Overview of Meditation

Meditation is the art of mindful concentration and relaxation. During meditation there is an increase in alpha waves in the brain. The mind becomes calm, focused, and alert; the body becomes relaxed and still.

There are many routes to mindful concentration; during meditation one might chant, practice breathing exercises, pray, sing, or move. In Traditional Chinese Medicine (TCM), meditation may be practiced as a still form with no physical movement and as a moving form, such as in Qi Gong and Tai Qi Quan. There are many different meditative exercises within each form, but all have two things in common, relaxation and focus.

How to Meditate

While meditation is best learned from a teacher in private or group sessions so it can be tailored to individual needs, anyone can easily learn a few simple meditative exercises to promote relaxation, reduce stress, and improve health. Counting Breaths, for example, is one of the most commonly recommended beginning meditative exercises. It may be done for up to 20 minutes twice a day. A minimum of 10 minutes is preferable.

Preliminary Steps to Meditating

Make sure you are wearing loose clothing. At the very least, loosen any belts or ties, and unbutton or unzip any clothing that feels constraining. Remove your shoes. Choose a quiet, pleasant location that is free from distractions. Many people enjoy meditating in nature, but closing your office door and turning down the telephone ringer also works well.

Sit on the edge of a chair with your legs spread about shoulder width apart and both feet on the floor. You may place your hands gently on your knees or clasp them lightly, letting them remain in your lap or resting directly below your navel. Make sure your back is straight, but not too rigid, your head is erect, not jutting forward, and your chin is tucked in slightly. Gently close your eyes and allow the tip of your tongue to touch the ridge behind your upper teeth.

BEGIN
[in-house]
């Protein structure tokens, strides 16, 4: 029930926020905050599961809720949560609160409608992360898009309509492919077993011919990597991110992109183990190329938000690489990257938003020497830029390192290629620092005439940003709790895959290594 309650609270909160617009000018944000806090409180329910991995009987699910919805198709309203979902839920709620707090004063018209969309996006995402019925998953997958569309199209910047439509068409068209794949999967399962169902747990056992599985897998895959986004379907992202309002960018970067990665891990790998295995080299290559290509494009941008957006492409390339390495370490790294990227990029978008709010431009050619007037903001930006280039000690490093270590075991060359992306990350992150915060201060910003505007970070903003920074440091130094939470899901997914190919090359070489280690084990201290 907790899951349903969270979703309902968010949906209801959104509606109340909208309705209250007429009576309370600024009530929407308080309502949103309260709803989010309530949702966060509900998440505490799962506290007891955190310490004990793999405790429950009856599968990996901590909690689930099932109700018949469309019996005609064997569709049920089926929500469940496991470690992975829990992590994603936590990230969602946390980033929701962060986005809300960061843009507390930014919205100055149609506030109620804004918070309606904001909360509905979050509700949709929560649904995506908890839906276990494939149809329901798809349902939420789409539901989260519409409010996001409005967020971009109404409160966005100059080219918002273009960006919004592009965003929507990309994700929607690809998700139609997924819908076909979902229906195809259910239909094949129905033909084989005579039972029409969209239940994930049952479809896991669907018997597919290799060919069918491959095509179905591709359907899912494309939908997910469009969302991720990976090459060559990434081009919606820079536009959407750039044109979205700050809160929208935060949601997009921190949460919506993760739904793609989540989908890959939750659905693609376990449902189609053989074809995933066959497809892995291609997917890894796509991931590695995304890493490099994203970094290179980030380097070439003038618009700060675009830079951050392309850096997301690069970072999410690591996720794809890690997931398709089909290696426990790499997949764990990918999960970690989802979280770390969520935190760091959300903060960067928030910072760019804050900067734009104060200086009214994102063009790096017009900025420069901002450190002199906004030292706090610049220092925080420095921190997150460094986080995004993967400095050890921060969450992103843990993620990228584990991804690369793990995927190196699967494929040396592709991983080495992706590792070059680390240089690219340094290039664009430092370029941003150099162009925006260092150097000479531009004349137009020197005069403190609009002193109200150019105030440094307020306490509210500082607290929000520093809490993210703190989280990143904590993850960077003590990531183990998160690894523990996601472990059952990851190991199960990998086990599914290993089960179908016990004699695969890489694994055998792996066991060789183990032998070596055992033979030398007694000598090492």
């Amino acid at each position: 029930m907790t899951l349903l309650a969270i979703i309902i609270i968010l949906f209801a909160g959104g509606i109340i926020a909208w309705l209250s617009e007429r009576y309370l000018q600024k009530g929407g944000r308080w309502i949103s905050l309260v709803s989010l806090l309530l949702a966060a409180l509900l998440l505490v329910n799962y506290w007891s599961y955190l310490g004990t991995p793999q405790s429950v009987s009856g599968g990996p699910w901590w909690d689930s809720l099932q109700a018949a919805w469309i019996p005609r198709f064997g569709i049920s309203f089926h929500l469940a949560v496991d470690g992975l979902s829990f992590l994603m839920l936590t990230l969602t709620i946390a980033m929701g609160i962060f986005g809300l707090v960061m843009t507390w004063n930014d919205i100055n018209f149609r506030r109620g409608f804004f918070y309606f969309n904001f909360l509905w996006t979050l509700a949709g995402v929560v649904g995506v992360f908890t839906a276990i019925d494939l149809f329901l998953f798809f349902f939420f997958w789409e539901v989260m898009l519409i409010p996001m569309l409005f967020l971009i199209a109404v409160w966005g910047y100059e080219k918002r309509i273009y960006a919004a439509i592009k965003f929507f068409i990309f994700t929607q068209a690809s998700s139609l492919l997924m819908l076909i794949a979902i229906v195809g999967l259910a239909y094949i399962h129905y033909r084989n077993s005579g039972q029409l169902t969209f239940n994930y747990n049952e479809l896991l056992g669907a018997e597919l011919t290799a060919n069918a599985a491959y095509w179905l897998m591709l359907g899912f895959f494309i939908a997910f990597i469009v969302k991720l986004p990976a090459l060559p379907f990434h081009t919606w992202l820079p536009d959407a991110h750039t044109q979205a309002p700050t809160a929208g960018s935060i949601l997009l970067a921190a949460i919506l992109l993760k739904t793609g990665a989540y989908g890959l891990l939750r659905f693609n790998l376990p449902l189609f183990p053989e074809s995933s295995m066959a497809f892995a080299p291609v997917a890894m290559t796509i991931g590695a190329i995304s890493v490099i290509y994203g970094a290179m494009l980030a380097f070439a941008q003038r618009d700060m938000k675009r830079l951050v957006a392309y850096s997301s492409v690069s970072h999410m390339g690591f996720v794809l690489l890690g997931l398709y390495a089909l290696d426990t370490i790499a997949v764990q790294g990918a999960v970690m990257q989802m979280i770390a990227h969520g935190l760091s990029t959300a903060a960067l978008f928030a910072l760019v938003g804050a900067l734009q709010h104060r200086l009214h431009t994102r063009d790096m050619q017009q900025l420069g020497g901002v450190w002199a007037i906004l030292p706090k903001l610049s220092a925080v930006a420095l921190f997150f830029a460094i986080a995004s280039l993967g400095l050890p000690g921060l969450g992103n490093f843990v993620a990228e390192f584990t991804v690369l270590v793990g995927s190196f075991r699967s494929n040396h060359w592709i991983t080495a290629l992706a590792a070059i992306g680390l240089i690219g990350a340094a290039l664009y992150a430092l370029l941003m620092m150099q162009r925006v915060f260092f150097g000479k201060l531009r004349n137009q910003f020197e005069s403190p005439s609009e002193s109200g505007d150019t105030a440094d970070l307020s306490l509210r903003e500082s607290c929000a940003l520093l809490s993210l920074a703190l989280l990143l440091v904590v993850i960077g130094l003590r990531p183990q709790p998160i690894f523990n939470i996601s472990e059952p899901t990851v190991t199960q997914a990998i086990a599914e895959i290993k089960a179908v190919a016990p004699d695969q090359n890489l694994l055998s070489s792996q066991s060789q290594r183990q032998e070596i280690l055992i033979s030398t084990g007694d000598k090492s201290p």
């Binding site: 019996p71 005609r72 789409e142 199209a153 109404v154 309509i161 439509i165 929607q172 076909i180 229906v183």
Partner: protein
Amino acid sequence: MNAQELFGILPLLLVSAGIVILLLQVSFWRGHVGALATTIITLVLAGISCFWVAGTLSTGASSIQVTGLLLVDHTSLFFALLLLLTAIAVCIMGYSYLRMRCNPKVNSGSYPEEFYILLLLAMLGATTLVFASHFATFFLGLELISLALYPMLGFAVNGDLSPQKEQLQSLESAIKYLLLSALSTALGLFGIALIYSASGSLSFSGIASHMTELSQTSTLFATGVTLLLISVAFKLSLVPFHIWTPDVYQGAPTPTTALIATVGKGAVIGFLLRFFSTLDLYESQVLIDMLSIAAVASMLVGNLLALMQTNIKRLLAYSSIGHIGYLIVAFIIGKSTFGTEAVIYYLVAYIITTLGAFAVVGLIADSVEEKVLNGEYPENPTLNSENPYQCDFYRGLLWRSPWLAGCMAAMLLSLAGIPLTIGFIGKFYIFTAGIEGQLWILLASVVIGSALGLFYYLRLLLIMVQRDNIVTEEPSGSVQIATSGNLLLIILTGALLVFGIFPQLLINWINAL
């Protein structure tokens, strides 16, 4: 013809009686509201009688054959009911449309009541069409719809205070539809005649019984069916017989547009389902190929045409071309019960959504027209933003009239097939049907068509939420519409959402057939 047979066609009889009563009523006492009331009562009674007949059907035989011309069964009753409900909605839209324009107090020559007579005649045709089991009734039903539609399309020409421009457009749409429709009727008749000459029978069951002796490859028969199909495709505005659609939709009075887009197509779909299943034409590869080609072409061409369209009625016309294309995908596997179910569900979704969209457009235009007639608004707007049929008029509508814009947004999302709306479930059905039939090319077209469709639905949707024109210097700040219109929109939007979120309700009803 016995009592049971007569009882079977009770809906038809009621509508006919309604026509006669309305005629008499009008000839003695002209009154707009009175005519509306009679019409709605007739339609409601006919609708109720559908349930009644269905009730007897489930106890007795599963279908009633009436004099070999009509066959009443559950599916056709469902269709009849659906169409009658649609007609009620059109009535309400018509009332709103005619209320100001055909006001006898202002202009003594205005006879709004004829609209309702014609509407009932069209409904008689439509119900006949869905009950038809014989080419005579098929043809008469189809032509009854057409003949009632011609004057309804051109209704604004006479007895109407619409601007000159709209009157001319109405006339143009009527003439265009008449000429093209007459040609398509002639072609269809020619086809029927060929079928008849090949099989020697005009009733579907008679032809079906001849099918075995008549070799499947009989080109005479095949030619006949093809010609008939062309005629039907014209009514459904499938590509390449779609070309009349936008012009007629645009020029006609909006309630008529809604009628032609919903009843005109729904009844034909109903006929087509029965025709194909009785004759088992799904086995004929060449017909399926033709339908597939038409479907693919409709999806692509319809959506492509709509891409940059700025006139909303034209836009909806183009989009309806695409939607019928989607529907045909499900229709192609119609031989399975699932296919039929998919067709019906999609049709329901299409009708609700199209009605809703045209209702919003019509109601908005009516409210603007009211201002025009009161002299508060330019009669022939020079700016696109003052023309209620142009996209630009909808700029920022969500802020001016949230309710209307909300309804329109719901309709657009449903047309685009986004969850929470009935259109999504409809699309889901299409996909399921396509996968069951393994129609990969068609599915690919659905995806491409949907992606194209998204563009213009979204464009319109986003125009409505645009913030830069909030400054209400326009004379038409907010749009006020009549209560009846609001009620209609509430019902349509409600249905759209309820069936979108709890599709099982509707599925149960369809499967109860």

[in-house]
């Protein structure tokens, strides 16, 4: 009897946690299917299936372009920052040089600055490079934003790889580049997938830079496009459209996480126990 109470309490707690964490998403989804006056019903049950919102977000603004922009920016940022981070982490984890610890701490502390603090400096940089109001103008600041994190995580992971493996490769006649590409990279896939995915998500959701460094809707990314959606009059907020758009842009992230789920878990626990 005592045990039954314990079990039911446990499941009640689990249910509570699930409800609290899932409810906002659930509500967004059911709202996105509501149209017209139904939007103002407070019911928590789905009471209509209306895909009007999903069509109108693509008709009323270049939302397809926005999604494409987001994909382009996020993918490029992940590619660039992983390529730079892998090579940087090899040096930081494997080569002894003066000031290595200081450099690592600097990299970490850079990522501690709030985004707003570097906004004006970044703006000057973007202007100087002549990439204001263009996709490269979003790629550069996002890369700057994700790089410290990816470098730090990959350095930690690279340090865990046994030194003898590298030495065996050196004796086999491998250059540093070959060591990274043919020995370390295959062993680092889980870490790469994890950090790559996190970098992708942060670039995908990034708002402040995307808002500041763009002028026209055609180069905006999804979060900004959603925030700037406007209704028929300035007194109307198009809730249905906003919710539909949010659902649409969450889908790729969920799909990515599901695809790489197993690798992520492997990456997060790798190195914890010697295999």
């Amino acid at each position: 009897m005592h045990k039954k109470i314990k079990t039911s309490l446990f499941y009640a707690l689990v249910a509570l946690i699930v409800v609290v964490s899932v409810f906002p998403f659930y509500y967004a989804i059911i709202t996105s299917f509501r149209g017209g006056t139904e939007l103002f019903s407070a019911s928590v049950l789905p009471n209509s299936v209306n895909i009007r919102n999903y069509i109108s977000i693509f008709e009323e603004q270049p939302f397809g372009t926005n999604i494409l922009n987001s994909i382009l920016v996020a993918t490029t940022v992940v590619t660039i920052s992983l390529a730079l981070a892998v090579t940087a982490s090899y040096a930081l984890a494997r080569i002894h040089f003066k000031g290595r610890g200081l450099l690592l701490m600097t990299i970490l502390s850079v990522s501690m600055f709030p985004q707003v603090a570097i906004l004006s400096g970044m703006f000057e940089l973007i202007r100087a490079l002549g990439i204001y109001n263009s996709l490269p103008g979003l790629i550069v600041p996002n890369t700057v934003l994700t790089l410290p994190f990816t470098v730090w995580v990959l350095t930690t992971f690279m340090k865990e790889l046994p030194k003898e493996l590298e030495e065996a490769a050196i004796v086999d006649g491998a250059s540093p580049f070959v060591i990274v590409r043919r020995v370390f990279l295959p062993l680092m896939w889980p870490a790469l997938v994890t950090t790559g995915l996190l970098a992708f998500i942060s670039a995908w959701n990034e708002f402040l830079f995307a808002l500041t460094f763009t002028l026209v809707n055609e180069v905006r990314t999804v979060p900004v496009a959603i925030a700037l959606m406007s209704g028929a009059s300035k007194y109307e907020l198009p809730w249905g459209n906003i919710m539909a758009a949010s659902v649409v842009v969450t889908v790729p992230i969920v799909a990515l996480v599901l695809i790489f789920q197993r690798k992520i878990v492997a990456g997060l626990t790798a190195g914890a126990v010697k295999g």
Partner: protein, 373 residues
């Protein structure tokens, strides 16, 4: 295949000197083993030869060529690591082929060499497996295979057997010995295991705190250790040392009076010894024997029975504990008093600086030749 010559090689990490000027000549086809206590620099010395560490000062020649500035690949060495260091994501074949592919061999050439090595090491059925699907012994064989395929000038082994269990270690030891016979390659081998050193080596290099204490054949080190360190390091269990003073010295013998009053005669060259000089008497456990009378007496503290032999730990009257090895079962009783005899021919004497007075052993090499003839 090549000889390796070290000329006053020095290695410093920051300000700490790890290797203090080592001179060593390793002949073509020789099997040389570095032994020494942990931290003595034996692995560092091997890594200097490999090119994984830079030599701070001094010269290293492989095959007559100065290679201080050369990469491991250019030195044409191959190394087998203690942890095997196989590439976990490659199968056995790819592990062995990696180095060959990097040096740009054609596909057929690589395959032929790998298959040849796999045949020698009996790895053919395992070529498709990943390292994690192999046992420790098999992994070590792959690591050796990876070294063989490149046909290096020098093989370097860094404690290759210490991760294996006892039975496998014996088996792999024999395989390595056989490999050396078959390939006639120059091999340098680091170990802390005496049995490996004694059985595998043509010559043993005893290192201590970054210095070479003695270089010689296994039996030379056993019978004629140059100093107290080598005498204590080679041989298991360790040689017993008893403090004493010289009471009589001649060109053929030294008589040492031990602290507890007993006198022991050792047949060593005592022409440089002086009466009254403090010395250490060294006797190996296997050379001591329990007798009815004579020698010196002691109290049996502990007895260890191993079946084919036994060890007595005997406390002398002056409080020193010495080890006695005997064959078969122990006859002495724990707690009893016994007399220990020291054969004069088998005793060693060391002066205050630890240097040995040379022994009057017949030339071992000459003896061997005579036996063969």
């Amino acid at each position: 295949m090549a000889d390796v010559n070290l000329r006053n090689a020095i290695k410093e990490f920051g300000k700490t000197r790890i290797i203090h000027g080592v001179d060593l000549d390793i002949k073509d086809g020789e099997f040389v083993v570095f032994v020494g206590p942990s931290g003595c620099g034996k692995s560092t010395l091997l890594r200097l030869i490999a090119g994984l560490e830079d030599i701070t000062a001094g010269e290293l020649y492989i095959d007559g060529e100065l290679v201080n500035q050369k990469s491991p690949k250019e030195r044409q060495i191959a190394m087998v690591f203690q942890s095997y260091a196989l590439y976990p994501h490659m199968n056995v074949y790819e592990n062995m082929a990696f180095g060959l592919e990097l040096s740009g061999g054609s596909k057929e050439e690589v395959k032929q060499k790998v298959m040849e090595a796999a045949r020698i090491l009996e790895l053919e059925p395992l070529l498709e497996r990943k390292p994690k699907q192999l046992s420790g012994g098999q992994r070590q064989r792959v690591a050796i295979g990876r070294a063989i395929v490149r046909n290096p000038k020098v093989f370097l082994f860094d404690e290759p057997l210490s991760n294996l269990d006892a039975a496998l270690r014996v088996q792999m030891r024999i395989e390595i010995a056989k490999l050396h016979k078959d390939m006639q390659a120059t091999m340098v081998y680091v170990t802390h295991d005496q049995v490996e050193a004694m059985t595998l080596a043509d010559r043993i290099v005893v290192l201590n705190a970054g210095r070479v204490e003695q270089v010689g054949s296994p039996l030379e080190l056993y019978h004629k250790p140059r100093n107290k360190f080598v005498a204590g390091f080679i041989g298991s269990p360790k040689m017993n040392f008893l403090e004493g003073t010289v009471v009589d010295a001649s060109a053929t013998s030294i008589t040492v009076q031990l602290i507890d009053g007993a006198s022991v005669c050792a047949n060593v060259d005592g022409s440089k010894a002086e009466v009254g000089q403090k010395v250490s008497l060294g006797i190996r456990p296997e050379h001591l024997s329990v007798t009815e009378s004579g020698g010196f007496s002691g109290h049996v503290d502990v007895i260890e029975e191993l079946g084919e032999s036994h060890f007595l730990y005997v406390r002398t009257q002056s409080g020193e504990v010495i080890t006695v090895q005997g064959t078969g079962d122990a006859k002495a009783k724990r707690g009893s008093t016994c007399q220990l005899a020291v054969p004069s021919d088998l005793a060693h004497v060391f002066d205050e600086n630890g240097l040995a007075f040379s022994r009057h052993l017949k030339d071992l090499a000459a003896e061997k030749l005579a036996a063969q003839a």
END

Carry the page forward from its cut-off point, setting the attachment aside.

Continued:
Exercise: Counting Breaths

Begin to observe your breathing, your inhalations and exhalations. Do not try to control them; simply notice how they come and go. After you've observed for a few breaths, begin mentally counting each inhalation and exhalation up to 10. In other words, mentally count "1" as you inhale, then "1" as you exhale for the first breath, then "2" as you inhale and "2" as you exhale for the second breath. Continue until you reach "10." Once you reach "10" begin at "1" again. If you lose the count at any time, begin again at "1." Continue for 20 minutes, or until your body tells you to stop.

Because the mind wanders easily, this exercise is more difficult than it appears. Do not get annoyed or upset if you lose count; accept it and begin again. One point of meditation is learning to let go.

When you are proficient at this exercise, you may alter it by counting only the inhalation or the exhalation. If you feel your body tense up at any time, just let go and allow it to relax. With practice, the body will become increasingly relaxed, the mind will wander less, a state of clarity and calm will be more easily reached.

After you complete the exercise, gently rub your hands together to create warmth in your palms and massage your face, head, and neck. Slowly move around, stretch, and continue your day.

Meditation & Sleep

According to our sister publication REMEDY's Healthy Living (Summer 2015), meditation may improve sleep—and people over the age of 55 have about a 50 percent chance of having trouble falling or staying asleep. Researchers found that adults 55 and older who took a six-session course in mindfulness meditation reported fewer symptoms of insomnia and fatigue after the course.

Updated by Remedy Health Media

Publication Review By: Stanley J. Swierzewski, III, M.D.

Published: 31 Dec 2000

Last Modified: 25 Sep 2015